The house plans for The Floridian are virtually complete. Our drafter is now working on, for lack of a better term, the layers of the plans. The layers include various parts of the building stages, including a layer to designate where the electrical wiring and outlets will be positioned and a layer for the structure of the home. The Floridian will be a wood framed home with a stem-wall, rather than concrete slab. A stem-wall means the home is raised a few feet off the ground and has a crawl space. These terms may make perfect sense to you or none at all. I'm a novice at this stuff, so sometimes it seems like Chip and our drafter are speaking another language when discussing the plans. Anyway, my eyes are wide open as I have to learn and understand everything to communicate my thoughts and ideas and I have to be aware of each and every tedious step along the way, especially in light of my blog writing. I can now grasp that hiring a contractor has it's benefits - sign on the dotted line and every few weeks wonder "What the hell is going on?" as they go through the land clearing process, then the permitting process, then (fill in the blank) and then (fill in the blank) and then (fill in the blank) and so on. It would be less stress and brain power on my part and I could lay back and relax until I'm needed to pick the color of the house or choose the stones being used, you know - the fun stuff. The big draw back though is that I'd also have to write a BIG FAT CHECK every month for the next 30 years, ultimately spending more than triple the cost to build our home. Yikes! No thanks! We have the desire and ability to do it ourselves so we're going for it!
Now that we had more detailed plans, Chip spent yesterday morning estimating the cost to build the garage and The Floridian's foundation (the county stated we have to start on the house even thought we want to build the garage first). Let me back up a bit to fill you in our goal: build the garage first, which will have a studio above, to store all Chip's equipment and live in the studio, and then build The Floridian. Chip was able to provide a rough estimate of the cost to start building. He was unable to get quotes on the cost of lumber and isn't sure if he will frame out the roof (i.e. build the roof structure piece by piece or buy roof trusses) but he had enough to work with. While he did that, I reviewed the permitting process which includes so much more than I realized, such as requiring a portable toilet on site (Oh jeez, really! How much is that going to cost?!) and we need the Roads department to dig a ditch (in Florida many homes have a water run-off area at the front of each property). I now have homework for the next several weeks; there will be questions to asks, people and businesses to contact and then I'll need those entities to sign off on our paperwork. I wonder if I'll have to do a lot of driving? The permitting office is 45 minutes from where we currently live. I hate driving but thank goodness for the public library, audio books and Harry Potter; they'll provide hours of entertainment.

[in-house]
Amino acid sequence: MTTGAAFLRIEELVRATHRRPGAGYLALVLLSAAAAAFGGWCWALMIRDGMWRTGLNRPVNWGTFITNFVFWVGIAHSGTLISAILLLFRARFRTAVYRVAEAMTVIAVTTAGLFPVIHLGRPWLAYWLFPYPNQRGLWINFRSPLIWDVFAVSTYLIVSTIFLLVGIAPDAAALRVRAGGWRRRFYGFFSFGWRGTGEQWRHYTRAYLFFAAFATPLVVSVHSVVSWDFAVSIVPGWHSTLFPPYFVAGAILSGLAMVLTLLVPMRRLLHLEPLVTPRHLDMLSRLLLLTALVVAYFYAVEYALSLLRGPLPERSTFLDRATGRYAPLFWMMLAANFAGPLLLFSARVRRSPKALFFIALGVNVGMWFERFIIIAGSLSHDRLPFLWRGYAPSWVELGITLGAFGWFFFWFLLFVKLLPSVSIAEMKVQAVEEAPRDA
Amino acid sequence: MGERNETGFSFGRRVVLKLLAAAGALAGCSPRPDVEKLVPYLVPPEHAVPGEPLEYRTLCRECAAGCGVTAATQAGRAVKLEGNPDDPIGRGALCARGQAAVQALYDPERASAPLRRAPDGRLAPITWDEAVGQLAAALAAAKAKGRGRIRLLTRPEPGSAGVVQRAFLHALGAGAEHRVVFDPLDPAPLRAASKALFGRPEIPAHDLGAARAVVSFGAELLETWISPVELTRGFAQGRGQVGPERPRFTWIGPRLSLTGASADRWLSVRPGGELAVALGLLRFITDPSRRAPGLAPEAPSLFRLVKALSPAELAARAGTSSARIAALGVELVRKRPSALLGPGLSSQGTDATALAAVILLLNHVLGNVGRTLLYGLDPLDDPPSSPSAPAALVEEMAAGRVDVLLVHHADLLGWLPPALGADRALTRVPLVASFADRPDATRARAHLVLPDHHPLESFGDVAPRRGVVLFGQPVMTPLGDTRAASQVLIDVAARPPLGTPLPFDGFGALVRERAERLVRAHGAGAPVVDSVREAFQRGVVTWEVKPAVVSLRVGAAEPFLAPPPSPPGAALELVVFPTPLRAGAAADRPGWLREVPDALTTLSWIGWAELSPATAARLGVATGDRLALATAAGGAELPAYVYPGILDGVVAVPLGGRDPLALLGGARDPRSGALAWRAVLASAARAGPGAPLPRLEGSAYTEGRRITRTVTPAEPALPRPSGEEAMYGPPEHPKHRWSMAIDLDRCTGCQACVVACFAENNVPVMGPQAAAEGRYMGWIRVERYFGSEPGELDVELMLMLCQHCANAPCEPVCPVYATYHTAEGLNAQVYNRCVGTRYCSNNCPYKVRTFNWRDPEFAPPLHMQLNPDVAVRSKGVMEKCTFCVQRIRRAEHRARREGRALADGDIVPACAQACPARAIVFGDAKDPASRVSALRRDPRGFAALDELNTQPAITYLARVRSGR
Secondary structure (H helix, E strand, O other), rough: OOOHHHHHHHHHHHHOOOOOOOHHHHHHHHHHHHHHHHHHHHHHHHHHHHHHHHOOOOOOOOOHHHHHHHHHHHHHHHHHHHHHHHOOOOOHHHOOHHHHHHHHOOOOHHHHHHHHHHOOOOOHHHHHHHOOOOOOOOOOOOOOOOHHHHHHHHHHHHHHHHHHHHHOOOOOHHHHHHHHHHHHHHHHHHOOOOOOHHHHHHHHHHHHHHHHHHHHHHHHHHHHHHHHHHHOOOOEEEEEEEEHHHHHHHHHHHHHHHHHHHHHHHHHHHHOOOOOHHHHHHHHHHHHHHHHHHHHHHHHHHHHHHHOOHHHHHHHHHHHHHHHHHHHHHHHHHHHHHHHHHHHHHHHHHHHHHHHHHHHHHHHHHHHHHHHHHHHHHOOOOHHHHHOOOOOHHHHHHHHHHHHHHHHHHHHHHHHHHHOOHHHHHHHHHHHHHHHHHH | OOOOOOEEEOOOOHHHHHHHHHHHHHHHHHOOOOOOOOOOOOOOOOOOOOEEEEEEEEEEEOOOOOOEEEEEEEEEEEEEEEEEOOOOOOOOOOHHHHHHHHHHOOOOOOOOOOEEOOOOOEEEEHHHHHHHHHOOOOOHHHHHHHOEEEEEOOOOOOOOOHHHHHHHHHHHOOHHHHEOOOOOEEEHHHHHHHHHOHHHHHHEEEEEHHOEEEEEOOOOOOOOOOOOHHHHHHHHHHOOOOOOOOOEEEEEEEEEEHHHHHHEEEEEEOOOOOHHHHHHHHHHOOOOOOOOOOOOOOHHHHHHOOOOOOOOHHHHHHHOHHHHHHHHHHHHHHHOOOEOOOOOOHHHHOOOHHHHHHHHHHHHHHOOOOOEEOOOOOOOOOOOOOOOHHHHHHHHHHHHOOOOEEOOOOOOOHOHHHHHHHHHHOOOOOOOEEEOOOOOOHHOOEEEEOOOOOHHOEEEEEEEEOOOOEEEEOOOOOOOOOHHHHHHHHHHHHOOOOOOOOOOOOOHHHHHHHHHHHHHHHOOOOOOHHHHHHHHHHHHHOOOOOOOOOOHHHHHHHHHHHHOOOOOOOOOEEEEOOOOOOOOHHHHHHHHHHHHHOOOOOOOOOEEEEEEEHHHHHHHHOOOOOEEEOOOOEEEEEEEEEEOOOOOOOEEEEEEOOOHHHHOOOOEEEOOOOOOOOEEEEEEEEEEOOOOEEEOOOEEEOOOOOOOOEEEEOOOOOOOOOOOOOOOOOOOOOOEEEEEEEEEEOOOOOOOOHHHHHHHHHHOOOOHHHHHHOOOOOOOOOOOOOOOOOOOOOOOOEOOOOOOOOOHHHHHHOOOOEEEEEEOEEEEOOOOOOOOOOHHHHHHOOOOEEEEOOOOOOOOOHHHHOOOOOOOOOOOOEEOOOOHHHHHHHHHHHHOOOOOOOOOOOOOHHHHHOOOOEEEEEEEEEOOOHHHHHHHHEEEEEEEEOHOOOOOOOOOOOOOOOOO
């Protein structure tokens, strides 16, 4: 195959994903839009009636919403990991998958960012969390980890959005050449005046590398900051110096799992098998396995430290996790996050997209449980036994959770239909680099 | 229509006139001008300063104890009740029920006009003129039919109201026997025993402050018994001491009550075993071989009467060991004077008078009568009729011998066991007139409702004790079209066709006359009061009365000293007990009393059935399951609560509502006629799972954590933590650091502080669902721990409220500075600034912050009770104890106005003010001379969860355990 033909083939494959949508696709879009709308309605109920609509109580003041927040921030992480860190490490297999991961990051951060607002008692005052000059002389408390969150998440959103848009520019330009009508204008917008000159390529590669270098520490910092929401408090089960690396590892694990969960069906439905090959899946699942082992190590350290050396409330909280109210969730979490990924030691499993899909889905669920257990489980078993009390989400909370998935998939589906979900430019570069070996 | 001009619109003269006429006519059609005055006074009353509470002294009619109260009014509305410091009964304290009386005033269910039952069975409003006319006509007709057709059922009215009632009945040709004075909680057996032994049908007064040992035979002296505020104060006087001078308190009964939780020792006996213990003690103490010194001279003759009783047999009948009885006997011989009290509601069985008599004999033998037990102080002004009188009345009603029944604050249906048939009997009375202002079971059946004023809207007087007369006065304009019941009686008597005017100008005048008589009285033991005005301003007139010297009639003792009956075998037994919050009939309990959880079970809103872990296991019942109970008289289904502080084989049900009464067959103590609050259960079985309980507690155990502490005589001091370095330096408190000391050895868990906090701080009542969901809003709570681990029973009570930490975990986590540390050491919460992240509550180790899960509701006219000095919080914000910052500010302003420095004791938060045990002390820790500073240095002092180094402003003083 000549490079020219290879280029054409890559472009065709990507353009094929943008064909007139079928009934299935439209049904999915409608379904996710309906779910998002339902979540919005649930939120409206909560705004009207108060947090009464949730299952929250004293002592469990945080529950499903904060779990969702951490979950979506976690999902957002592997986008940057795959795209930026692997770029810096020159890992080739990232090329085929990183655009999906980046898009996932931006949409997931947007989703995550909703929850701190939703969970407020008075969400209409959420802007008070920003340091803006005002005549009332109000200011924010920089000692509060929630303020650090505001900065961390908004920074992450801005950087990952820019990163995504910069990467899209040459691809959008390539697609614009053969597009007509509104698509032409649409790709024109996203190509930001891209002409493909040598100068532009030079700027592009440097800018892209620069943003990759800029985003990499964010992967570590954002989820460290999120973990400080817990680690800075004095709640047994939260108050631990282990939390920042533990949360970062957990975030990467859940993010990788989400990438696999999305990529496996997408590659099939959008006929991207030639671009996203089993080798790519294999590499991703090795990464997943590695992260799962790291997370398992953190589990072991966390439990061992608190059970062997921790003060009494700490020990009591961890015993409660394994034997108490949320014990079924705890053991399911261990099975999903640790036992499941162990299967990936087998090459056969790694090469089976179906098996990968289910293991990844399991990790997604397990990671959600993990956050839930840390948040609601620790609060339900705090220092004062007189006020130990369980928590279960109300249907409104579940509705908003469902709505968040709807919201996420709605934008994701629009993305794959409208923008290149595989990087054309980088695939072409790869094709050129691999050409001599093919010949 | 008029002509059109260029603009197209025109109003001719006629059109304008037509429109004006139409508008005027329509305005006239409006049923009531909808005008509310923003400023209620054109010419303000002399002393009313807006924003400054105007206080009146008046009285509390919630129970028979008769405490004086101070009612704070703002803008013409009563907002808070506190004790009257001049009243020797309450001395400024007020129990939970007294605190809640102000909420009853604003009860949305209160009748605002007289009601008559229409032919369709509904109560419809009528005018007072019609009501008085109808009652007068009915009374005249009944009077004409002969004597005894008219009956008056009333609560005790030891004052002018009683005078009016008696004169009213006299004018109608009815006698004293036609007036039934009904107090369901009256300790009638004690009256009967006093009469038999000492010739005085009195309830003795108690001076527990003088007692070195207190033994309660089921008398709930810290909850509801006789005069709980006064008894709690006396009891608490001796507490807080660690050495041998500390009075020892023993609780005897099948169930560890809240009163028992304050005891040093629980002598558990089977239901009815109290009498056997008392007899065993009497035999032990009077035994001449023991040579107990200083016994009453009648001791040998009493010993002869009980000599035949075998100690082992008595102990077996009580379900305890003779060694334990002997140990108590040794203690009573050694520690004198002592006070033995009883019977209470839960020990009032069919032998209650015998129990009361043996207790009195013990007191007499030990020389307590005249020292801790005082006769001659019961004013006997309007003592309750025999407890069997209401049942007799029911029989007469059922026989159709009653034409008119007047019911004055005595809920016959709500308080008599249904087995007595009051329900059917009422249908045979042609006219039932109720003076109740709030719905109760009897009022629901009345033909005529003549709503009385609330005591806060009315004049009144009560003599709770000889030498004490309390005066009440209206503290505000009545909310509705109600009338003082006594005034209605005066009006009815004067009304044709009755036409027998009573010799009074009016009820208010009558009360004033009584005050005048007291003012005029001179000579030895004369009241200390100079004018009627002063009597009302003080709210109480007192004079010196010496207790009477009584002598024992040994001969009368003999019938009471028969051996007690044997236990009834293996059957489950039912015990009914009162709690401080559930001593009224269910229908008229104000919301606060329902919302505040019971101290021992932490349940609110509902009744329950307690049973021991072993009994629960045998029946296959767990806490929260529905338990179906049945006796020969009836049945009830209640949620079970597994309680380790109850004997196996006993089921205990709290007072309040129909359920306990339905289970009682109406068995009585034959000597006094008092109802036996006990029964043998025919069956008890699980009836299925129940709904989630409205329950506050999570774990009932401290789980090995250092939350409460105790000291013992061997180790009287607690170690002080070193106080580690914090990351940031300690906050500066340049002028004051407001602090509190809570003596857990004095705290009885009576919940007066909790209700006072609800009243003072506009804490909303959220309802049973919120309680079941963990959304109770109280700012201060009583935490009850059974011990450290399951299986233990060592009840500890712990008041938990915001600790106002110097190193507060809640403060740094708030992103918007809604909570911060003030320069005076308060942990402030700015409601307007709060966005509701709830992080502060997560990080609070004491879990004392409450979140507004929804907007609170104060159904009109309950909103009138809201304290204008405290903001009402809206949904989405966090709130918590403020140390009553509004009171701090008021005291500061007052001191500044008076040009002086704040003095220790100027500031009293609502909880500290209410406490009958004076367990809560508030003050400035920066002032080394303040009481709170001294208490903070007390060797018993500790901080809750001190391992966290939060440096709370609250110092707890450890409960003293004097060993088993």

After we finished our respective projects, we came together to review our notes. The big discussion was the cost, bringing our current state of finances into focus: not having enough liquid cash. The key question: how to save enough money in time for when we need it? We brainstormed some ideas:
- Chip working overtime shifts.
- Me taking a second job.
- Sell the motorcycle.
- Taking out a line of credit with the bank.
We weighed the pros and cons of each idea and came up with the following:
- Chip will take on as many overtime shifts per month as he can. He has been taking OT but not as much as he could.
- I will not take a second job, for now, so that I can work on all the necessary paperwork, ensure we have yummy and hearty dinners, lunches prepped, household tasks tended to and, when possible, be Chip's assistant at The Floridian site.
- We should sell the motorcycle. Chip hasn't been riding it lately and will continue to ride it less and less because his spare time will be spent at the property. Therefore, we'll look into how much we can get for it and sell it. Gosh, that's hard to swallow. The bike is Chip's baby - he's been riding since he was 17 years old and he bought this bike in 2011. This is the nicest and biggest bike he's owned. We've taken the bike as far North as Maine and far West as Texas. I'm sure this will not be his last motorcycle.
- Taking out a line of credit is a really good option. We don't want to take on more debt but this is realistic knowing we can't get a building construction loan because we have no contractor. This form of credit won't pin us down to a completion date and will give us a good chunk of cash.
|Chip and I riding the Tail of the Dragon at Deals Gap, NC.|
I don't feel like we did a whole lot yesterday but our research and discussion was important. We took the time to process the present state of the building stage, our current financial situation and the numerous parts that we'll be working on in the upcoming weeks and months. At times, it felt like information overload but I realize that I just need to take one step at a time and be glad I've got my eyes wide open.